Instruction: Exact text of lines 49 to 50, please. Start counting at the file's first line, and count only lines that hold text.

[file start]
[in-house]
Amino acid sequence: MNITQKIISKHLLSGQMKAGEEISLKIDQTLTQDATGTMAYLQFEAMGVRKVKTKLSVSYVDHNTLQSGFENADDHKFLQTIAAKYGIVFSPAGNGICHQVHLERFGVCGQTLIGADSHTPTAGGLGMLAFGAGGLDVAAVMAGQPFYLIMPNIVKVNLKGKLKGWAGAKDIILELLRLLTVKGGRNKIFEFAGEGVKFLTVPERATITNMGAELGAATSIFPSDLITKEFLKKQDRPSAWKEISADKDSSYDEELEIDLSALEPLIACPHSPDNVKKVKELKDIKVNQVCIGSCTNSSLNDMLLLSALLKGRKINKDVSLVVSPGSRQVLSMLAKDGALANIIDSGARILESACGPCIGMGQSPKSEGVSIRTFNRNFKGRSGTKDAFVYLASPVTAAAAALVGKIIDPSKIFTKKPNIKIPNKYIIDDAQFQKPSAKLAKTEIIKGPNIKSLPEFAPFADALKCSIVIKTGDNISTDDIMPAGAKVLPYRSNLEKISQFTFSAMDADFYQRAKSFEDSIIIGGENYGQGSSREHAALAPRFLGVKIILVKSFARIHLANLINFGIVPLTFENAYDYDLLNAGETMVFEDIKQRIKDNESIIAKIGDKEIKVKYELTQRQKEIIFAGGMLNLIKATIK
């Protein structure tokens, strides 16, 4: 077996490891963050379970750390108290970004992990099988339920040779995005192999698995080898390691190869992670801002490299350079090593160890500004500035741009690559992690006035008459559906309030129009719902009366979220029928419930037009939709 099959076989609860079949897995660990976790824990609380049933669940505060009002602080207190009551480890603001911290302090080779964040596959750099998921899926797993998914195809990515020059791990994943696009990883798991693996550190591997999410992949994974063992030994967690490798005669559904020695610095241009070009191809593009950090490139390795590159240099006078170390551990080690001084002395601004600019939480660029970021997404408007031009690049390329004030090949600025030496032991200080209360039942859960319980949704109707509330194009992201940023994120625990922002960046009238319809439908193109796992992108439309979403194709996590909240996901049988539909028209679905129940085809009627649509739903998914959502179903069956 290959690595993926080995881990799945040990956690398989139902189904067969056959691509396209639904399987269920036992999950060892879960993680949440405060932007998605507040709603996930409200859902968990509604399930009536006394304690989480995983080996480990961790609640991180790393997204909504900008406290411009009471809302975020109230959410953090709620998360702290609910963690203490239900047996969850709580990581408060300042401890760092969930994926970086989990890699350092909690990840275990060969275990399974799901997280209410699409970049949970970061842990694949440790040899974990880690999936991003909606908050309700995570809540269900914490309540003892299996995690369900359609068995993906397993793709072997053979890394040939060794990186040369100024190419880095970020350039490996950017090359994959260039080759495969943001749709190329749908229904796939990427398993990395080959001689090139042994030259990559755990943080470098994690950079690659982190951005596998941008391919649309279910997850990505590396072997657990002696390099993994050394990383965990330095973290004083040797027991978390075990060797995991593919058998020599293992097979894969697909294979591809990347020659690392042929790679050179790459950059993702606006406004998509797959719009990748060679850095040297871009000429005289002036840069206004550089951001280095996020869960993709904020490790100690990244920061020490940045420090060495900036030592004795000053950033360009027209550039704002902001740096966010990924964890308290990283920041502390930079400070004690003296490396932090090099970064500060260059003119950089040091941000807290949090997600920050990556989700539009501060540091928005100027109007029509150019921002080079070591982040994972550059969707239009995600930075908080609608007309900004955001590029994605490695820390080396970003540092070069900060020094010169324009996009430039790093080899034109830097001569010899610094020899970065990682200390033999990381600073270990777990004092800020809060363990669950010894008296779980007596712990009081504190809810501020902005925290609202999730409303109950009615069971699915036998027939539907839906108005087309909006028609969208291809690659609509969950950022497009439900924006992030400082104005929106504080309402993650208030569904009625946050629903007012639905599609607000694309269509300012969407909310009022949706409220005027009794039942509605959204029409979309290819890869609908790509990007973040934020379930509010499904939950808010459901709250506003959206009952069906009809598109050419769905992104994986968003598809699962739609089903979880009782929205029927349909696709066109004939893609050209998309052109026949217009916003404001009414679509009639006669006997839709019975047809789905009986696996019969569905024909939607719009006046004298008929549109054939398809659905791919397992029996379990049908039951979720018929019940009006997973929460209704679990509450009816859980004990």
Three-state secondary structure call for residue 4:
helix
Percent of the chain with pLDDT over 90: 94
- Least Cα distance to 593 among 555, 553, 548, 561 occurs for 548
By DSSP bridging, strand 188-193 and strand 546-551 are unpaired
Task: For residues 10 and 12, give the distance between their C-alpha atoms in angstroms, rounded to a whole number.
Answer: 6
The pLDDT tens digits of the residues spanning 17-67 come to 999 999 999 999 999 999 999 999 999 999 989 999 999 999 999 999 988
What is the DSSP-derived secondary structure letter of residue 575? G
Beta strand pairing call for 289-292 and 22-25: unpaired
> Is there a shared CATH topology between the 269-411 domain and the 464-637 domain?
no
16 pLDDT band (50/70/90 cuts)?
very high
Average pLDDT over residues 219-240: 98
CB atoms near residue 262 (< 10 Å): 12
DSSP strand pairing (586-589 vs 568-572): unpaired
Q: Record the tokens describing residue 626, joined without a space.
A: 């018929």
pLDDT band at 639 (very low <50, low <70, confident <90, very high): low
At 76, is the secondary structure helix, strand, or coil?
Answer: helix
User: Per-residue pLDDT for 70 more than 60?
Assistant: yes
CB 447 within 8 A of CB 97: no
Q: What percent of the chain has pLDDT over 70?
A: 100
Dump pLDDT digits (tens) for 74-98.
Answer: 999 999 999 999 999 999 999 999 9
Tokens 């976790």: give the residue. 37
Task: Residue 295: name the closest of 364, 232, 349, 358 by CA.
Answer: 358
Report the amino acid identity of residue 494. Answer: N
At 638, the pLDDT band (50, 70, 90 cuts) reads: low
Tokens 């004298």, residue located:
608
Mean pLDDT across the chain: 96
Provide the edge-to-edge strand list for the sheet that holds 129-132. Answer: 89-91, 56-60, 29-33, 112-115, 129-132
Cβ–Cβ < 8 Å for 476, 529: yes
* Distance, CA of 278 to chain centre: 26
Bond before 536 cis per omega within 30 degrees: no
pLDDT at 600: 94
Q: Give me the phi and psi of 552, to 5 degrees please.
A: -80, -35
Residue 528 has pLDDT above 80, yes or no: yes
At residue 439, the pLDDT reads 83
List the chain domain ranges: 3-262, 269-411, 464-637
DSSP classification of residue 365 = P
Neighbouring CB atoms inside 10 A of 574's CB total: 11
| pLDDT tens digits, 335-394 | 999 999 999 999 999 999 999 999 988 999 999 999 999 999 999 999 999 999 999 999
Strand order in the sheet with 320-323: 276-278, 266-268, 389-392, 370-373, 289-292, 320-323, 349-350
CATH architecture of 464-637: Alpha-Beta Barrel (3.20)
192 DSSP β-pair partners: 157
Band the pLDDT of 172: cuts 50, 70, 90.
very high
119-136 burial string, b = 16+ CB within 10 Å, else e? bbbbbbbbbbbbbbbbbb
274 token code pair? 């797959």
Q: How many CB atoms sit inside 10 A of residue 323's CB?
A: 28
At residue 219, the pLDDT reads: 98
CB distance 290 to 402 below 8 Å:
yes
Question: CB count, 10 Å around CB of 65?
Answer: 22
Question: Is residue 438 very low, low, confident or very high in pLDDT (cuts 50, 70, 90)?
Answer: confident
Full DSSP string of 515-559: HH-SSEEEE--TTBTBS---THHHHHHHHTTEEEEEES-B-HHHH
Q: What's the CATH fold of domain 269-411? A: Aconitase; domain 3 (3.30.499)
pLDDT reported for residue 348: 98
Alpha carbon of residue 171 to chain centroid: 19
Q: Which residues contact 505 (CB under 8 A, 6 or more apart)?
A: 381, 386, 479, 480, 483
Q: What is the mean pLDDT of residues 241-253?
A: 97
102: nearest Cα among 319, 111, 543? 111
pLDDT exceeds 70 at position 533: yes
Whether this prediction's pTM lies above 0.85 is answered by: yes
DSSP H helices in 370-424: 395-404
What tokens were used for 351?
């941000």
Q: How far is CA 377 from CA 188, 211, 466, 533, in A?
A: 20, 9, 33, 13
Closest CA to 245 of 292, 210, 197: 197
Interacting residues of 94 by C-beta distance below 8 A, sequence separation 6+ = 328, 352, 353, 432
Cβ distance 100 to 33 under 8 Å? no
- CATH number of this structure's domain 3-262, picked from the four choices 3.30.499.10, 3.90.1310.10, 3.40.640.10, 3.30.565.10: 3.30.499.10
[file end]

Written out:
At residue 439, the pLDDT reads 83
List the chain domain ranges: 3-262, 269-411, 464-637